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The high-yielding utilities sector is surging this year, and some say the best is still ahead

Is a good defense the best offense? The "defensive" utilities sector has beaten the market this year, and hit an all-time high Tuesday.

The impressive performance led Evercore ISI technician Rich Ross to comment Tuesday on CNBC's "Power Lunch" that "regardless of what you think about the world or interest rates, in isolation the charts of the utilities are a buy."

On a chart of the utilities-tracking ETF XLU, Ross points out that the sector has broken out of a "12-month base of support" with XLU forming a "bull flag" over the last few months, a pattern that normally precedes another rally. According to Ross, these short-term technicals are pointing to potentially $60 for utilities, a 12 percent rally from Tuesday's levels.

But he also points out that he sees another indicator that utilities are headed for more record highs. Not only has the XLU held a "150-week moving average now for almost seven years," but a rise in bond yields hasn't tempered the rally.

"You're at a new all-time high on the utilities, but the yields are not back down near their lows of 1.30 percent," the technician said. "So yes, clearly [utilities] are a proxy for interest rates, but whether those interest rates have been rising or just moving sideways, utilities continue to move forward. [That is] a bullish divergence that tells me you want to be a buyer here of this breakout."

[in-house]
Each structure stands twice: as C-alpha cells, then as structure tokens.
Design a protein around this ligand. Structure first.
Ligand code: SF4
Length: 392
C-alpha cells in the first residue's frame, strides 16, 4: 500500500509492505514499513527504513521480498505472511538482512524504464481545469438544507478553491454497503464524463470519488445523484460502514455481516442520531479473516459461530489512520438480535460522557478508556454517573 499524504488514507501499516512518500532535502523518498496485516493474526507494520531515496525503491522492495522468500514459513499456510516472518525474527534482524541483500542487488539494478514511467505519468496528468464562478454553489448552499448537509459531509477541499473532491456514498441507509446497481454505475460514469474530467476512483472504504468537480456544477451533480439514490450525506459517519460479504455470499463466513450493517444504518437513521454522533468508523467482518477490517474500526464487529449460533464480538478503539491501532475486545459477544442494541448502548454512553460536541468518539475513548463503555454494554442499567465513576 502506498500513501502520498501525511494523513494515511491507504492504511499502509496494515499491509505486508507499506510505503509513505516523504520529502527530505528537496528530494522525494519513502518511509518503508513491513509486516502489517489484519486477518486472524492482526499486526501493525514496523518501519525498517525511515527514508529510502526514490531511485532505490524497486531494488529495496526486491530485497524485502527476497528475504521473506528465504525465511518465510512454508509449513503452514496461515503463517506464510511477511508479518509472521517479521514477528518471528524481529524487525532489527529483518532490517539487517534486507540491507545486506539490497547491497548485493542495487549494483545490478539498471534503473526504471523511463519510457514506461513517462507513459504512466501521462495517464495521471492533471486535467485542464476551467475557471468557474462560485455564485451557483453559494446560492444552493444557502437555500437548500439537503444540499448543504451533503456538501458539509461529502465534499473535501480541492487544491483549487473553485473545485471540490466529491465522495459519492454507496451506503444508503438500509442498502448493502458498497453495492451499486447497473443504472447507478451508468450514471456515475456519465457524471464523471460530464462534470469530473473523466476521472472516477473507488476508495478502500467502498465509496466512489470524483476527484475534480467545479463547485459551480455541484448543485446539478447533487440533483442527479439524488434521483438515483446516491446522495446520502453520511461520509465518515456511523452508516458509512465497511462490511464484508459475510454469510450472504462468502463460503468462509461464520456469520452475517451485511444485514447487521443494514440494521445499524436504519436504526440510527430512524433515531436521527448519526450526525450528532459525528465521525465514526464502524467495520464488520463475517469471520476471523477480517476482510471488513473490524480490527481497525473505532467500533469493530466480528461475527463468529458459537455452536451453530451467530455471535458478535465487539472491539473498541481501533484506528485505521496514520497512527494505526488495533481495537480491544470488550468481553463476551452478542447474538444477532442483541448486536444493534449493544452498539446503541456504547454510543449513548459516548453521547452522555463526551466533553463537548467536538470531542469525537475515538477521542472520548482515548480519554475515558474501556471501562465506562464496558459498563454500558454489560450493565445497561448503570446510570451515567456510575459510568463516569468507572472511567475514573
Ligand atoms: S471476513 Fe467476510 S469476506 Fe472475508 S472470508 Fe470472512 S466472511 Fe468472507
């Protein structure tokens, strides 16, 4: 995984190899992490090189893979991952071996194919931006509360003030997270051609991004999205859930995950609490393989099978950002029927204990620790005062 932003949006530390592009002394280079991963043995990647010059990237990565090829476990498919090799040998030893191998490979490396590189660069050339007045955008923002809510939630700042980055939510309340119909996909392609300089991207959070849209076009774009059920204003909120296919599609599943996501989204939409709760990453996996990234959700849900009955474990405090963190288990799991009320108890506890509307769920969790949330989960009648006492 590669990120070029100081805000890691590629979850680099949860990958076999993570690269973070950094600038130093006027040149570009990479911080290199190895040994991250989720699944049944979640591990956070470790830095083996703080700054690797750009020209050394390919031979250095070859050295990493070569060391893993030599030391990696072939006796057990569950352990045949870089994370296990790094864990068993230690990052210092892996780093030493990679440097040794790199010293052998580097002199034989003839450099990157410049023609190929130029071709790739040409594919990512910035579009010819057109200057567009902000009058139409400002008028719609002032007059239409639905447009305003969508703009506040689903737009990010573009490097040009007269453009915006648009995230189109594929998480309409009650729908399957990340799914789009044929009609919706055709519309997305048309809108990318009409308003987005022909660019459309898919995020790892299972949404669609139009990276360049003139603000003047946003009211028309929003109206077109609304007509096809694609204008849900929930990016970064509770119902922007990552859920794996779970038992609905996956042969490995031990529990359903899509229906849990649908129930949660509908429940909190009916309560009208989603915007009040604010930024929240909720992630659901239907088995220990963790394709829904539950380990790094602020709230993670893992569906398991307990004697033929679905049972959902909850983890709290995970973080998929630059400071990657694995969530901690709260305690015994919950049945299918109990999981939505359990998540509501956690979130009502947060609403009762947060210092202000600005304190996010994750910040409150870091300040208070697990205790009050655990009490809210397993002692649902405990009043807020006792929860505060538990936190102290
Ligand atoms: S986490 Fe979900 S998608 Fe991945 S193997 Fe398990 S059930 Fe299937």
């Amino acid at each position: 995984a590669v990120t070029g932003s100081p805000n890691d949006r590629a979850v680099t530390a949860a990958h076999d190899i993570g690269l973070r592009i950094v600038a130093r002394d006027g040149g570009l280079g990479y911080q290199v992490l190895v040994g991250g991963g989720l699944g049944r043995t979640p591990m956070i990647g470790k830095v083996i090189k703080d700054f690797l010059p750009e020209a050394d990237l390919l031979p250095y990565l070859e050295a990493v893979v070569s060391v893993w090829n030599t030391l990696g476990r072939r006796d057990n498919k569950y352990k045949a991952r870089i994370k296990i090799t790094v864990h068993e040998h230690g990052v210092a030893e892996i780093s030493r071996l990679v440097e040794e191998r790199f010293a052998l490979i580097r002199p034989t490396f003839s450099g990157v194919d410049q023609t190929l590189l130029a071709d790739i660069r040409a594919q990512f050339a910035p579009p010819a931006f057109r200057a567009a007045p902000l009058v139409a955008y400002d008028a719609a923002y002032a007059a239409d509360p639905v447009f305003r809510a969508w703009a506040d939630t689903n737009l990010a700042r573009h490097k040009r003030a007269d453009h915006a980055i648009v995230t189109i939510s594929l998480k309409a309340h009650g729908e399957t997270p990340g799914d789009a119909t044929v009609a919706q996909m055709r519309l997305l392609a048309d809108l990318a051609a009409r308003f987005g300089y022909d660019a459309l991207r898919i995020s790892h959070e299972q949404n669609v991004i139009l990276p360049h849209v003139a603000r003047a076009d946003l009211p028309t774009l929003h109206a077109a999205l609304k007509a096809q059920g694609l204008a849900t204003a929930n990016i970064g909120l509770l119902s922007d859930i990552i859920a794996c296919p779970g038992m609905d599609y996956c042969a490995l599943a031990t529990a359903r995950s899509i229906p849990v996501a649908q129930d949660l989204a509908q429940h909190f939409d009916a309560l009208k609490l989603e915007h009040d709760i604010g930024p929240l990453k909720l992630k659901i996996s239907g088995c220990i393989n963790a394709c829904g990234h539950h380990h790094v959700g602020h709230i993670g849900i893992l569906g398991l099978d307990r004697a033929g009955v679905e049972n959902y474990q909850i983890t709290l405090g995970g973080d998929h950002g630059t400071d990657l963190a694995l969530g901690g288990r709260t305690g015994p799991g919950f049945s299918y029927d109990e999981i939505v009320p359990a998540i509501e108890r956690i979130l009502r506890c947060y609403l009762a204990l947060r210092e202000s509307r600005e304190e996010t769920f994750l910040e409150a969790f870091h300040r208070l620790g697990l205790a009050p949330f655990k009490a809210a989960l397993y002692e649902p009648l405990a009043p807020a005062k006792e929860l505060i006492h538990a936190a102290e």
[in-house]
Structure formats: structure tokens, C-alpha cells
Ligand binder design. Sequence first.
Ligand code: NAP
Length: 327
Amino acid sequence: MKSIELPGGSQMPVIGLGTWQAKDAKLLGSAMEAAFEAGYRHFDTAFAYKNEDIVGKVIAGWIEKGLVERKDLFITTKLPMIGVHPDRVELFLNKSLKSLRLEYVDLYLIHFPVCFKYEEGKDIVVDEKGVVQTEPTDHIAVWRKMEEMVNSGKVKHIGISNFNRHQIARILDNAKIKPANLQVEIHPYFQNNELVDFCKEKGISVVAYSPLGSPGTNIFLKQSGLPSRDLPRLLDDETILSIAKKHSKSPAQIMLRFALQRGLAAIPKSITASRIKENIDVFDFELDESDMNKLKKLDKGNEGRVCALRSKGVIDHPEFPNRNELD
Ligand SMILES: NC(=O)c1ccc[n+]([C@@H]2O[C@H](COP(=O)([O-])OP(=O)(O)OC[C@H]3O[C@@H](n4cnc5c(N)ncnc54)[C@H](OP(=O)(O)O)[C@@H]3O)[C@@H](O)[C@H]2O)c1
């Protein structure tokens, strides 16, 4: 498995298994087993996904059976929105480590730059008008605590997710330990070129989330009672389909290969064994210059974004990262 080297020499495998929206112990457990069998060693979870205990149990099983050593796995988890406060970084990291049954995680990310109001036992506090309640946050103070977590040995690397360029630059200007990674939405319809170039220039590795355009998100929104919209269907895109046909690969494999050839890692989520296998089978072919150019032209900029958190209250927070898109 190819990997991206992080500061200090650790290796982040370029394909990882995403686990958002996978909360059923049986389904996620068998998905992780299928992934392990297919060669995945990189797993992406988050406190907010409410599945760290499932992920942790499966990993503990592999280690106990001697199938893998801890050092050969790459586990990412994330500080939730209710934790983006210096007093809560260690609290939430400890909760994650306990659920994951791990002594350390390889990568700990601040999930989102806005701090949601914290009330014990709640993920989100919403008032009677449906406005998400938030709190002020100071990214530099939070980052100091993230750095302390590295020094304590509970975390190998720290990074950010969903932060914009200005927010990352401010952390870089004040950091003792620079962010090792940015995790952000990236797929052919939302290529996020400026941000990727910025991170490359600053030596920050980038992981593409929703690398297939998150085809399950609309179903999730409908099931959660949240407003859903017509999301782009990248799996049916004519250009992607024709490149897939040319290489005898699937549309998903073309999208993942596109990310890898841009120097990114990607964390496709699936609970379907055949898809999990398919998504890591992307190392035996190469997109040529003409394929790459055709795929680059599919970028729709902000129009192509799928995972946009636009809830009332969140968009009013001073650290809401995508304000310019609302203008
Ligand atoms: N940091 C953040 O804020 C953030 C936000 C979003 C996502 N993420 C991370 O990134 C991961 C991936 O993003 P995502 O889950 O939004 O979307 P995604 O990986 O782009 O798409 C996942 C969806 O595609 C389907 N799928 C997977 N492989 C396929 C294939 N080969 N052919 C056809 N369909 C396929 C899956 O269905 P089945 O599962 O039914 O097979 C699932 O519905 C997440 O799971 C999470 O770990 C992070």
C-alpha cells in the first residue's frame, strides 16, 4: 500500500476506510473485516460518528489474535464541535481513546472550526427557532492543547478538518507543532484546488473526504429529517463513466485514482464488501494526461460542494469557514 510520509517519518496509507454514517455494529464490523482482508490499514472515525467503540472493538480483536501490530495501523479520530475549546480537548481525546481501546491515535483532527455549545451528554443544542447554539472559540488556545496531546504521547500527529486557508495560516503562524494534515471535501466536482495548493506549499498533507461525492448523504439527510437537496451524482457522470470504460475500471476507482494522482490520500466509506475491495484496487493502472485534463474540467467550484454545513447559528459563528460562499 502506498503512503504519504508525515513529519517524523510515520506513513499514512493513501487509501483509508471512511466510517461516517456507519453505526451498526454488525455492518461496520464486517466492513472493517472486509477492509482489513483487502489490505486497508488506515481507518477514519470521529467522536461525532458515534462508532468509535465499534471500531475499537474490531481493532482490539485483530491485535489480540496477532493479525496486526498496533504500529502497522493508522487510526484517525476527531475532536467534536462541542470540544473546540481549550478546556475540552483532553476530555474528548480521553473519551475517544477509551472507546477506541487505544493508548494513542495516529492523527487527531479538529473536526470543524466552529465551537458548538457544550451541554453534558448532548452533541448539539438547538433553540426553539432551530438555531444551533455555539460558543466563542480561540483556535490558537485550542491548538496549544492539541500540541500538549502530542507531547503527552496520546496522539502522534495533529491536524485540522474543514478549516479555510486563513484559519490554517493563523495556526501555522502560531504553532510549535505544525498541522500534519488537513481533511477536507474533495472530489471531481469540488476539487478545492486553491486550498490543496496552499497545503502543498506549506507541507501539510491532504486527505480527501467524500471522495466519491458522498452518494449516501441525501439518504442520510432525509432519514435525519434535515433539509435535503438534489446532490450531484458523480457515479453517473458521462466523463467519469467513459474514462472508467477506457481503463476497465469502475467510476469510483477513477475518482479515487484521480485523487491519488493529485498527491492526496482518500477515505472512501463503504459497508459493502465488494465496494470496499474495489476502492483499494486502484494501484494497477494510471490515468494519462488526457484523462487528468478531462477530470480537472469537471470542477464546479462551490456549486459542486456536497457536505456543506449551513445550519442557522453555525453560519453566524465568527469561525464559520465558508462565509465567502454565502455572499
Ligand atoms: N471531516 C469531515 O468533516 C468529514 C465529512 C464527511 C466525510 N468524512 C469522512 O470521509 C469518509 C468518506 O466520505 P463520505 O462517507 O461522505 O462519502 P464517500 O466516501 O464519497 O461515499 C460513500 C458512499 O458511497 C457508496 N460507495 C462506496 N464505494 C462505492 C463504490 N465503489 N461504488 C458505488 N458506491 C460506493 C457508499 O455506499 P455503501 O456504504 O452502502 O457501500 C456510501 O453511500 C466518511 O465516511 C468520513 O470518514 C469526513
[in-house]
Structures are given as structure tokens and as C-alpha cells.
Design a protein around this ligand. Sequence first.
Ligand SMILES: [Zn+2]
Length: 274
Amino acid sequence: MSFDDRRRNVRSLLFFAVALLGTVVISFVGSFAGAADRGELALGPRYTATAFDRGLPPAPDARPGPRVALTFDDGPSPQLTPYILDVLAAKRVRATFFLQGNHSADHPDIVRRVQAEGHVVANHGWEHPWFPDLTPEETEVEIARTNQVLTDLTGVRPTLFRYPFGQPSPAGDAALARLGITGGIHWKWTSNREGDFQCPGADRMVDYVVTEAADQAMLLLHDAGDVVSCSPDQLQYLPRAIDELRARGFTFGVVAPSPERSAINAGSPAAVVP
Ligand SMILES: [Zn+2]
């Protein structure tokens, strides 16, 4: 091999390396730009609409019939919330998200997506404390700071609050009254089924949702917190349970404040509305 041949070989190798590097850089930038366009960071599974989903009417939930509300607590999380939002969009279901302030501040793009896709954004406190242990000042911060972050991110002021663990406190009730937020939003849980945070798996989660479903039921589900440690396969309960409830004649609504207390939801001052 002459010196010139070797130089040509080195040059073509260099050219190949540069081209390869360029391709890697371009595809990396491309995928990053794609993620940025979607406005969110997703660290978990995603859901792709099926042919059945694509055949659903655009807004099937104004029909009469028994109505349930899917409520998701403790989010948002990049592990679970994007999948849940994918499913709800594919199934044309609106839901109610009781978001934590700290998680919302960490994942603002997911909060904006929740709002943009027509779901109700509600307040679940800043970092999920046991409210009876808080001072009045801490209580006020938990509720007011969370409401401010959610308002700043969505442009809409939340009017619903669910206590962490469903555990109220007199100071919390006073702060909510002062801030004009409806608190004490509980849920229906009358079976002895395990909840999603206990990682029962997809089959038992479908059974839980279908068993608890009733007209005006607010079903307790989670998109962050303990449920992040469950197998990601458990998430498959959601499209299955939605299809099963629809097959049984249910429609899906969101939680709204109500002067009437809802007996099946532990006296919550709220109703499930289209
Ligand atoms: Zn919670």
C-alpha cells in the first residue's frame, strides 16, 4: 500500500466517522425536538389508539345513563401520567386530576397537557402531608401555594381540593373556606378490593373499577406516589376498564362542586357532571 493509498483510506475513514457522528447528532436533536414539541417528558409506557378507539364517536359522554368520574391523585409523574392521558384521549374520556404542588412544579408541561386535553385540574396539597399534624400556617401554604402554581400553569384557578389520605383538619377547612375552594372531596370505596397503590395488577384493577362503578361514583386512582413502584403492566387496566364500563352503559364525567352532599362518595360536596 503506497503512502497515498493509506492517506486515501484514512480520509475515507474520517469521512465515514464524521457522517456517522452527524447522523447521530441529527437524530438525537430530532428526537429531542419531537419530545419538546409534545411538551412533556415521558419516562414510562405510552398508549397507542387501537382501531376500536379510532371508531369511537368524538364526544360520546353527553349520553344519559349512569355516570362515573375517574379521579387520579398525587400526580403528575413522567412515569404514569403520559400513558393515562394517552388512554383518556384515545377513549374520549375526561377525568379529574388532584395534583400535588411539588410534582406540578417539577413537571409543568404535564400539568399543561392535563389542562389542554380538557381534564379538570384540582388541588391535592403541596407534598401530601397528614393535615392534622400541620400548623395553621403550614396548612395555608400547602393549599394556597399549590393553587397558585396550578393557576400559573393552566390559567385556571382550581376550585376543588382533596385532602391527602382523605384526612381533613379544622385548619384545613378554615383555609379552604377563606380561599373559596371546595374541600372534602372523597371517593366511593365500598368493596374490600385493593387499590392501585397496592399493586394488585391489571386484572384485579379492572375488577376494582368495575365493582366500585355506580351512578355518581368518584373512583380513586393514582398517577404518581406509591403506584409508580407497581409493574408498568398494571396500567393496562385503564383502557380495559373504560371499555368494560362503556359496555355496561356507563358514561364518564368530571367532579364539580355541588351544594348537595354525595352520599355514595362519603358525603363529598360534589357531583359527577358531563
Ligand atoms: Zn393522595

Like many high-yielding stocks and sectors, utilities do tend to enjoy a close relationship with interest rates. The XLU has a dividend yield of more than 3 percent, which is significantly above that of the S&P 500 and of the U.S. 10-year Treasury note. Stocks with high yields often rise when interest rates fall, since the lower yields in the bond market can make holding high-dividend stocks a more attractive prospect.

Susquehanna's Stacey Gilbert, however, doesn't necessarily believe that the sector is a buy. The head of derivatives strategy said that since the sector's valuation is "rich," she would not "love adding more money to it."

Gilbert did, however, suggest a way to play the sector.

"One of the areas that I do think is interesting that I really like that investors are implementing is looking at the individual names and overwriting, selling upside calls against long holdings," she said. "[That enhances] some of that yield more rather than recognizing levels where they think the stocks have gotten ahead of themselves. I think that's the right way to play the sector now."

For a trader who owns a stock and sells a call option, upside is capped, but in return for that, the trader receives extra yield as well as a bit of protection to the downside.

The S&P 500 utilities sector is now up 9.6 percent year to date, while the S&P 500 has risen by 7.8 percent.

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Trading Nation is a multimedia financial news program that shows investors and traders how to use the news of the day to their advantage. This is where experts from across the financial world – including macro strategists, technical analysts, stock-pickers, and traders who specialize in options, currencies, and fixed income – come together to find the best ways to capitalize on recent developments in the market. Trading Nation: Where headlines become opportunities.

Brian Sullivan

Brian Sullivan is co-anchor of CNBC's "Power Lunch" (M-F,1PM-3PM ET), one of the network's longest running programs, as well as the host of the daily investing program "Trading Nation." He is also a frequent guest on MSNBC's "Morning Joe" and other NBC properties.

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